What are the main challenges for Cypriot banks over the next five years in your view?
Beyond the continued reduction of distressed assets that I previously mentioned, the main challenges for Cypriot banks are: strengthening their profitability, ensuring sustainable business models and improving corporate governance.
Banking sector profitability in Europe remains persistently low, and Cyprus is no exception. As a result, most European banks are trading at price-to-book ratios that are lower than those of their international peers.
Profitability is under continuous pressure on account of a number of factors, such as low interest income, high operating costs, increased competition in certain market segments and the potential need for additional provisions in an environment of high NPL ratios.
While Cypriot banks have already made significant efforts to reduce overstaffing and the size of their branch networks, further efforts are needed to address the remaining excess capacity. Relieving the pressure on profit margins will require continued cost reduction (including by adjusting business models), a review of organisational structures and the swift adoption of new technologies.
I would like to emphasise that the most profitable banks in Europe have two common features: high cost-efficiency and intensive use of modern technology. Although there is no one-size-fits-all strategy, this is an indication of the catalysts for change.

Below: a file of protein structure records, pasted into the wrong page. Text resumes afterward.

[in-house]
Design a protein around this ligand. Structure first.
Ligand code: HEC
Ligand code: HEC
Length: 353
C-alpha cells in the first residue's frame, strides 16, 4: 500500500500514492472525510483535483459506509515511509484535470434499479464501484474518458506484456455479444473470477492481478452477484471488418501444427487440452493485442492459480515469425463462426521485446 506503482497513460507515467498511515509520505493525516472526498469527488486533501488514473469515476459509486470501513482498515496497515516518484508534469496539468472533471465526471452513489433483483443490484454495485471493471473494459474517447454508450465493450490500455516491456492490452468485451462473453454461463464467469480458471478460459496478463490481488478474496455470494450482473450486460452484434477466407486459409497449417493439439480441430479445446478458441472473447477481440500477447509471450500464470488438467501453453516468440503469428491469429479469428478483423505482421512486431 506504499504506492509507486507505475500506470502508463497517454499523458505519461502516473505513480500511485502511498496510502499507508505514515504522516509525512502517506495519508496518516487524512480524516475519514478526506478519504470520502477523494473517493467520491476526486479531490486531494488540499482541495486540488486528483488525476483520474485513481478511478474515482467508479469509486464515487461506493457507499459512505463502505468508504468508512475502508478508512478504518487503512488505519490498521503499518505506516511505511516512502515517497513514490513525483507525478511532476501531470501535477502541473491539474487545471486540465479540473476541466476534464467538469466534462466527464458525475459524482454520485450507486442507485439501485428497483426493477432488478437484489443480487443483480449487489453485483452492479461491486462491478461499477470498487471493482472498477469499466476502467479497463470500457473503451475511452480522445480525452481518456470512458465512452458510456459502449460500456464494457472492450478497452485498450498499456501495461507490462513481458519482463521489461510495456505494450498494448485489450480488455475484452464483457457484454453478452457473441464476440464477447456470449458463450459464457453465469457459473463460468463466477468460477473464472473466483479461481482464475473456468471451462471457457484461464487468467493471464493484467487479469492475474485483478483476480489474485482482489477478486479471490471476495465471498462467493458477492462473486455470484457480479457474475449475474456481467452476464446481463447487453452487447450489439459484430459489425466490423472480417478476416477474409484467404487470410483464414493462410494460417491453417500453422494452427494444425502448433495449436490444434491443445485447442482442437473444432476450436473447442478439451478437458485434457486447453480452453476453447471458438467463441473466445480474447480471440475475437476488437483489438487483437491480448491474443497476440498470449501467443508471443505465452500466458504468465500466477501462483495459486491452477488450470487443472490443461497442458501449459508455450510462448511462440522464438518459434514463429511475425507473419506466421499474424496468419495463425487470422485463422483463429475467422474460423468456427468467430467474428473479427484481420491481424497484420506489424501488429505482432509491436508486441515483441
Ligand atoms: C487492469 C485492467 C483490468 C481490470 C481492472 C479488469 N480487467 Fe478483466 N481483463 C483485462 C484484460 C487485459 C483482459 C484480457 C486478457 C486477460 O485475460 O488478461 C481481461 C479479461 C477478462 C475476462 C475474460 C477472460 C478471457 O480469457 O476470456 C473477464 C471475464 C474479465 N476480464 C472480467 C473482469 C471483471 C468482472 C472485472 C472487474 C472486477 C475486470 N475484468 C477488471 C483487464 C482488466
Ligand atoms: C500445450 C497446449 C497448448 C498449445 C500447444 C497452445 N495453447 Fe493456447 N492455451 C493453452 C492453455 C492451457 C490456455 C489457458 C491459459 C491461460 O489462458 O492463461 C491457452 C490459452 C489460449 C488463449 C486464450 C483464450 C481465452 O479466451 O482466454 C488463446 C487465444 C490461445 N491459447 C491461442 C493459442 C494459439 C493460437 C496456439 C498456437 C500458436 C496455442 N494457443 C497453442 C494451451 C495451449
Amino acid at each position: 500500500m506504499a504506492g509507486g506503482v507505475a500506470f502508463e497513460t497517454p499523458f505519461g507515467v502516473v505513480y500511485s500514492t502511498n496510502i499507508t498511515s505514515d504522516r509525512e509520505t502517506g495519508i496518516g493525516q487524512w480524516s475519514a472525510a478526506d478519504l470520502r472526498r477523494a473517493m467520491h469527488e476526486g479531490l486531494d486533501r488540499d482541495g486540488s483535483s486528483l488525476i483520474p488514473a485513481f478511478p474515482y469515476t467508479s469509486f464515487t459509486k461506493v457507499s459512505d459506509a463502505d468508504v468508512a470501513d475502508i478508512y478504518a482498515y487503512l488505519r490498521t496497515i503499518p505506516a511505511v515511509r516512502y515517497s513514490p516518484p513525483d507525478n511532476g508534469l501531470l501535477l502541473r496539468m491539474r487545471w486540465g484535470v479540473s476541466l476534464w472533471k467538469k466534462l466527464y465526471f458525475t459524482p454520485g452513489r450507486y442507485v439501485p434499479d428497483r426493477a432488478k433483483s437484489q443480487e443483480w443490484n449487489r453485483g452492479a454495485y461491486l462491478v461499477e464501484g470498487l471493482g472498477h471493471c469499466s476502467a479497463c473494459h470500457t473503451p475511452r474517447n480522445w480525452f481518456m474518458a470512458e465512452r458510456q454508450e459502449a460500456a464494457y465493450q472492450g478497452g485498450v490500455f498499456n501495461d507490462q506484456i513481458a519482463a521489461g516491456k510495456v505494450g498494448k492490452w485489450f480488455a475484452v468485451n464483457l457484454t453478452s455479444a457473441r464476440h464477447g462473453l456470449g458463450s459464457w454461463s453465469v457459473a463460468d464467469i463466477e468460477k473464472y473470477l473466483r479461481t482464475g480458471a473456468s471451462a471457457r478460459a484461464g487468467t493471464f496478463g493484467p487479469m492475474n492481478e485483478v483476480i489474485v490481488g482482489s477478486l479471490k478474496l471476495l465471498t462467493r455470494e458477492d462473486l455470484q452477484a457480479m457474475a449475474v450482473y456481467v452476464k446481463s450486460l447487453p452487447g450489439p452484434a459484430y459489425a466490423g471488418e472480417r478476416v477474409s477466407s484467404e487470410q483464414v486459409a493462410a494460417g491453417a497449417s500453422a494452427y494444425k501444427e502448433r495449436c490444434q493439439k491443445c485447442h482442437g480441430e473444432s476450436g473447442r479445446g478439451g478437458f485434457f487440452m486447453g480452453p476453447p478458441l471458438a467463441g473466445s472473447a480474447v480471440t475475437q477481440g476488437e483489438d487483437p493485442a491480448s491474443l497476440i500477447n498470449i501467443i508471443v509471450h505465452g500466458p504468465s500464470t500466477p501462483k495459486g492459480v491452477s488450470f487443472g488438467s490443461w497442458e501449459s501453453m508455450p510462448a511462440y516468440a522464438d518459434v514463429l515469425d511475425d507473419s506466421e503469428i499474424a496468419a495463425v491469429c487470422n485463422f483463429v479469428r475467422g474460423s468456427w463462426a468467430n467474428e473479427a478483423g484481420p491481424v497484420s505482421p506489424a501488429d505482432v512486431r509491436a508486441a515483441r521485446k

At the same time, strengthening risk management, compliance and internal audit functions, together with an enhanced risk culture, are essential to pave the way for improved bank performance.
Are you, as a supervisor, satisfied by the mergers carried out so far in the Cypriot banking system? Do you believe that more mergers should take place? Would you favour cross-border mergers?
Excess capacity in the banking sector is one of the legacies of the crisis, and maybe the only one which has not yet been effectively addressed. Consolidation would help reduce excess capacity and make banks more efficient and profitable. But this is a decision for banks’ managers and shareholders to make – not supervisors. We must also not forget that healthy competition between banks is desirable because it benefits their customers.